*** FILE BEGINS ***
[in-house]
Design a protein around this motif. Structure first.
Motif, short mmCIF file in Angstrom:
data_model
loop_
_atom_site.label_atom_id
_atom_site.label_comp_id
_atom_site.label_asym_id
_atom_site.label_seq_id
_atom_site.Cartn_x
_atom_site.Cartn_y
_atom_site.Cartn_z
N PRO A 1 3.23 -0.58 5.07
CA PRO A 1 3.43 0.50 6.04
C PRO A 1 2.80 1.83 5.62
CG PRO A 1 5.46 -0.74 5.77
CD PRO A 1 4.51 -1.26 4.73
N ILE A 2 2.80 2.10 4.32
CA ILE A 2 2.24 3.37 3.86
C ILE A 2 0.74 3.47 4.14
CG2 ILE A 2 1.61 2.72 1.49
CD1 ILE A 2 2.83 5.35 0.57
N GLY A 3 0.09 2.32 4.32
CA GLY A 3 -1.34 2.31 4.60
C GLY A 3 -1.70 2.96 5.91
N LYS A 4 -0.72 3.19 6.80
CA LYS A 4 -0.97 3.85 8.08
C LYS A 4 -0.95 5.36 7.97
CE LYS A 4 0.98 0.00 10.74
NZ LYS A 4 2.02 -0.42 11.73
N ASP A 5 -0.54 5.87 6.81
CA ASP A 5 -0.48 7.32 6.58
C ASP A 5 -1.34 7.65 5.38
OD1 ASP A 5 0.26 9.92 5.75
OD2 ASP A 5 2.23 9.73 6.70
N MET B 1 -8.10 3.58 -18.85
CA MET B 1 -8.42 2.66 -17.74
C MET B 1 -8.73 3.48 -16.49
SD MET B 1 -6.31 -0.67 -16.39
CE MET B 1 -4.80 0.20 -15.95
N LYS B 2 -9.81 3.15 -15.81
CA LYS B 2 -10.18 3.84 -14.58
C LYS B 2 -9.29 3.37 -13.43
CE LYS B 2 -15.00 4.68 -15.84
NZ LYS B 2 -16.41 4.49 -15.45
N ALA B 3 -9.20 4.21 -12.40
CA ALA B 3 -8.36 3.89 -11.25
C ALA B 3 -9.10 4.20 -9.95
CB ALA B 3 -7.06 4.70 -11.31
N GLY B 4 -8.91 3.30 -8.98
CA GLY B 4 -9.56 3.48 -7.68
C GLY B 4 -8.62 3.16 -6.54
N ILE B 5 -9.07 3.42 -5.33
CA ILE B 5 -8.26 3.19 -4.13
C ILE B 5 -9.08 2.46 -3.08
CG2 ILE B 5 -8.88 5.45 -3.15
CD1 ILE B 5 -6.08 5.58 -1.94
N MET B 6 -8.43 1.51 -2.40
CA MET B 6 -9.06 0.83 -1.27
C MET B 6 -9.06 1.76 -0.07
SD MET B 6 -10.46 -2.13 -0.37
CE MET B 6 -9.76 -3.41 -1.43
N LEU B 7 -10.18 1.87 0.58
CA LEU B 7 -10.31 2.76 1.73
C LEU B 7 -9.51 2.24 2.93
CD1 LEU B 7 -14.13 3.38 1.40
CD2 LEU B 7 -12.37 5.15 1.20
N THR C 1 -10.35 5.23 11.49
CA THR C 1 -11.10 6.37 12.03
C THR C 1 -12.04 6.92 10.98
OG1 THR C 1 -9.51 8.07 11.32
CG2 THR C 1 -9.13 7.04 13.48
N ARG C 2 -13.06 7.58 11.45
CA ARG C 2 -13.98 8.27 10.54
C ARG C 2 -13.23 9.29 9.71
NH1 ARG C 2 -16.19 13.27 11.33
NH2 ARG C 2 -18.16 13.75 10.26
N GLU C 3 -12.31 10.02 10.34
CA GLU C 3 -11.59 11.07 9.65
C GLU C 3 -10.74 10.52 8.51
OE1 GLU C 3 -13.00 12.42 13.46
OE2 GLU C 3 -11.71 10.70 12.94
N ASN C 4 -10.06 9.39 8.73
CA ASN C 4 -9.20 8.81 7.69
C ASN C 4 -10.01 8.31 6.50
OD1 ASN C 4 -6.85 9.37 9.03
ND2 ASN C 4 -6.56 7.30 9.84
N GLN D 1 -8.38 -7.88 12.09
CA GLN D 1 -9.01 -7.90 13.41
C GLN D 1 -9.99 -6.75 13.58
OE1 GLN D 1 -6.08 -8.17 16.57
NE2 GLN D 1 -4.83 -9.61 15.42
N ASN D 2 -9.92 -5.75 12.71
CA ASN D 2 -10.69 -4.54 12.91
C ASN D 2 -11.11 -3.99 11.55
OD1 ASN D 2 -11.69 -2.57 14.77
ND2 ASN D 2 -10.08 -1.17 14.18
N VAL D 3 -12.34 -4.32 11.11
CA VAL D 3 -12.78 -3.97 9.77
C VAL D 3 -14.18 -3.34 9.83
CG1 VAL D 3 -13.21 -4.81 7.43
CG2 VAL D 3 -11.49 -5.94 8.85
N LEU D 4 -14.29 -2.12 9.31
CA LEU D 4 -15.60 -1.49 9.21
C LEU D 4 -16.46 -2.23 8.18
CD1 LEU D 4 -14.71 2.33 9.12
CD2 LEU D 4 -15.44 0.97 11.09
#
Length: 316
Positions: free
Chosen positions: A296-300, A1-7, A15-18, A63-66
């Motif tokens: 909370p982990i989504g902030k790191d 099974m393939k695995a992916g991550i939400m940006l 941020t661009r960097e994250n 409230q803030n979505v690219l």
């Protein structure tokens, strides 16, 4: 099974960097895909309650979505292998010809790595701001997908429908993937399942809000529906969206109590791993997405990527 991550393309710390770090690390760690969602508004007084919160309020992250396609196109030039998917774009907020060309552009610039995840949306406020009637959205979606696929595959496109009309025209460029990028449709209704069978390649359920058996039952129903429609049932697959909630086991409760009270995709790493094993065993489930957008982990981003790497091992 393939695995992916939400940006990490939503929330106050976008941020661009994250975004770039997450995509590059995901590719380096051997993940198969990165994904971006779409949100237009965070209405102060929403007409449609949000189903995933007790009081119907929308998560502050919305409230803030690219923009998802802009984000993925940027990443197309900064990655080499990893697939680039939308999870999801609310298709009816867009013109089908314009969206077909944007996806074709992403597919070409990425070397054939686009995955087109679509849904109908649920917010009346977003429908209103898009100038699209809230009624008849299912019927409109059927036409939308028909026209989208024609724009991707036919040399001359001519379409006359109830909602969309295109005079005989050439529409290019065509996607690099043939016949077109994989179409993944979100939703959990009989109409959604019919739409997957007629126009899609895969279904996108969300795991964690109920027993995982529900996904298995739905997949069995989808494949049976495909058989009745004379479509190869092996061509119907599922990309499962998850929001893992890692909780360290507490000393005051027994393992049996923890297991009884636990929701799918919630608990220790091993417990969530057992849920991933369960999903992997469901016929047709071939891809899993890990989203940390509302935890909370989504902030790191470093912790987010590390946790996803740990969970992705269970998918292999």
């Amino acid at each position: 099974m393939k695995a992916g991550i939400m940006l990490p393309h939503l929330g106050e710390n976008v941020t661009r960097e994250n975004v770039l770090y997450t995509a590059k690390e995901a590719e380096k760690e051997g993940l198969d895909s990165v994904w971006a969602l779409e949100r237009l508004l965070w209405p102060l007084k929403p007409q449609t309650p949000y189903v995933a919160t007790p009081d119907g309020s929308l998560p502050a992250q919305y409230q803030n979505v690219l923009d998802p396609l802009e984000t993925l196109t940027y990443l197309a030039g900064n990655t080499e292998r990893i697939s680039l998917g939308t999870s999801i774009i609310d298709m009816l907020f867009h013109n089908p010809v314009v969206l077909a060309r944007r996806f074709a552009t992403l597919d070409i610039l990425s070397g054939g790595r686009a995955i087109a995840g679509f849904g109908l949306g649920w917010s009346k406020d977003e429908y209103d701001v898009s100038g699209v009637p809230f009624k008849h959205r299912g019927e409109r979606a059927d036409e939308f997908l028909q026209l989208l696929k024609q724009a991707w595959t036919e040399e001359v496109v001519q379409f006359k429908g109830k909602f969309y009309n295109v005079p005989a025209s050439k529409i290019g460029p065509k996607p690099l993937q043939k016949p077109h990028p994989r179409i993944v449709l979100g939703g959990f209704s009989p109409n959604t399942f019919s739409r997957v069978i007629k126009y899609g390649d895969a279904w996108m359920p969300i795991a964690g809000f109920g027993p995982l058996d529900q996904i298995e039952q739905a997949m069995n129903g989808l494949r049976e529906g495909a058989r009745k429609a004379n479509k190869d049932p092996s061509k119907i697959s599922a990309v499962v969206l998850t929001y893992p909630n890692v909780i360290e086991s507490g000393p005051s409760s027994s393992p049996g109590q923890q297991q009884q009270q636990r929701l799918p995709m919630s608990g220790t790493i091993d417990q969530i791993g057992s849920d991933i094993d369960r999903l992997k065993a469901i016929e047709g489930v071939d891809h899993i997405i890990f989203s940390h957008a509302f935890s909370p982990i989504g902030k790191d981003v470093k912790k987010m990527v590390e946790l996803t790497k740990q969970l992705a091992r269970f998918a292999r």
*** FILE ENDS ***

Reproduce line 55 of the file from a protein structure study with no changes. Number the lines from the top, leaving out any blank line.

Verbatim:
C ILE B 5 -9.08 2.46 -3.08